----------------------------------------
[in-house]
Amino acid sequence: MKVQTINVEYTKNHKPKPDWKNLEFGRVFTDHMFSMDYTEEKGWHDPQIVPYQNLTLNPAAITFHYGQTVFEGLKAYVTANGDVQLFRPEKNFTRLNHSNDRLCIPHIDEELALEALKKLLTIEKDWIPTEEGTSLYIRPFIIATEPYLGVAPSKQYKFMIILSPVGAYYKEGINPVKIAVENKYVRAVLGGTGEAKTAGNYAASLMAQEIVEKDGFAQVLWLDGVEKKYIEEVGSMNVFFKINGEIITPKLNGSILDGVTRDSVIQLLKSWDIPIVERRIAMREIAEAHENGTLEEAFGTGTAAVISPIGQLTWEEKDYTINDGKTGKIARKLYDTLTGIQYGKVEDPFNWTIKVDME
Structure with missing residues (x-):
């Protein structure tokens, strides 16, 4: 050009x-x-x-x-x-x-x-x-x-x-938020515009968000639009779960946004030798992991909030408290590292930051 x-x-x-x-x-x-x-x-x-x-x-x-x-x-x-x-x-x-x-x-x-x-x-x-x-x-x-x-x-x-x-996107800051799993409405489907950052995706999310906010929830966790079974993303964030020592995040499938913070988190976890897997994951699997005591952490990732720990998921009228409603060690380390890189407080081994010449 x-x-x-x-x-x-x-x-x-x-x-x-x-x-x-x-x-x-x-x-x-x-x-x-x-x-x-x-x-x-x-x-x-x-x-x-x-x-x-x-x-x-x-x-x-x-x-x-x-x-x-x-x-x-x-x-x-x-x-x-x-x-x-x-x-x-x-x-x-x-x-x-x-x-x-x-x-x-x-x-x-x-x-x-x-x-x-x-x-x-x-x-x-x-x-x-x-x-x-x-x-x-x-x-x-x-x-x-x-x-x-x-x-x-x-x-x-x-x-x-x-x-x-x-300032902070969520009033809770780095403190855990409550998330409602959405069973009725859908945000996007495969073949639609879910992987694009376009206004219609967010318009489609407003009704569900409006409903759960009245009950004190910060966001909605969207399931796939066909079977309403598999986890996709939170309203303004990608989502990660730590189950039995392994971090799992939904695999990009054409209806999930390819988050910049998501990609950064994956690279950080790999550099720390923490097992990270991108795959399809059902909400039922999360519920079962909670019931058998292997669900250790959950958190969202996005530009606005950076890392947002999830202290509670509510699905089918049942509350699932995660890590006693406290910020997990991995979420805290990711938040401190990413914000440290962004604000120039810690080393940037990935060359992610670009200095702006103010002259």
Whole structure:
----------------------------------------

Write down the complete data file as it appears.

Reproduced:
[in-house]
Amino acid sequence: MKVQTINVEYTKNHKPKPDWKNLEFGRVFTDHMFSMDYTEEKGWHDPQIVPYQNLTLNPAAITFHYGQTVFEGLKAYVTANGDVQLFRPEKNFTRLNHSNDRLCIPHIDEELALEALKKLLTIEKDWIPTEEGTSLYIRPFIIATEPYLGVAPSKQYKFMIILSPVGAYYKEGINPVKIAVENKYVRAVLGGTGEAKTAGNYAASLMAQEIVEKDGFAQVLWLDGVEKKYIEEVGSMNVFFKINGEIITPKLNGSILDGVTRDSVIQLLKSWDIPIVERRIAMREIAEAHENGTLEEAFGTGTAAVISPIGQLTWEEKDYTINDGKTGKIARKLYDTLTGIQYGKVEDPFNWTIKVDME
Structure with missing residues (x-):
């Protein structure tokens, strides 16, 4: 050009x-x-x-x-x-x-x-x-x-x-938020515009968000639009779960946004030798992991909030408290590292930051 x-x-x-x-x-x-x-x-x-x-x-x-x-x-x-x-x-x-x-x-x-x-x-x-x-x-x-x-x-x-x-996107800051799993409405489907950052995706999310906010929830966790079974993303964030020592995040499938913070988190976890897997994951699997005591952490990732720990998921009228409603060690380390890189407080081994010449 x-x-x-x-x-x-x-x-x-x-x-x-x-x-x-x-x-x-x-x-x-x-x-x-x-x-x-x-x-x-x-x-x-x-x-x-x-x-x-x-x-x-x-x-x-x-x-x-x-x-x-x-x-x-x-x-x-x-x-x-x-x-x-x-x-x-x-x-x-x-x-x-x-x-x-x-x-x-x-x-x-x-x-x-x-x-x-x-x-x-x-x-x-x-x-x-x-x-x-x-x-x-x-x-x-x-x-x-x-x-x-x-x-x-x-x-x-x-x-x-x-x-x-x-300032902070969520009033809770780095403190855990409550998330409602959405069973009725859908945000996007495969073949639609879910992987694009376009206004219609967010318009489609407003009704569900409006409903759960009245009950004190910060966001909605969207399931796939066909079977309403598999986890996709939170309203303004990608989502990660730590189950039995392994971090799992939904695999990009054409209806999930390819988050910049998501990609950064994956690279950080790999550099720390923490097992990270991108795959399809059902909400039922999360519920079962909670019931058998292997669900250790959950958190969202996005530009606005950076890392947002999830202290509670509510699905089918049942509350699932995660890590006693406290910020997990991995979420805290990711938040401190990413914000440290962004604000120039810690080393940037990935060359992610670009200095702006103010002259």
Whole structure: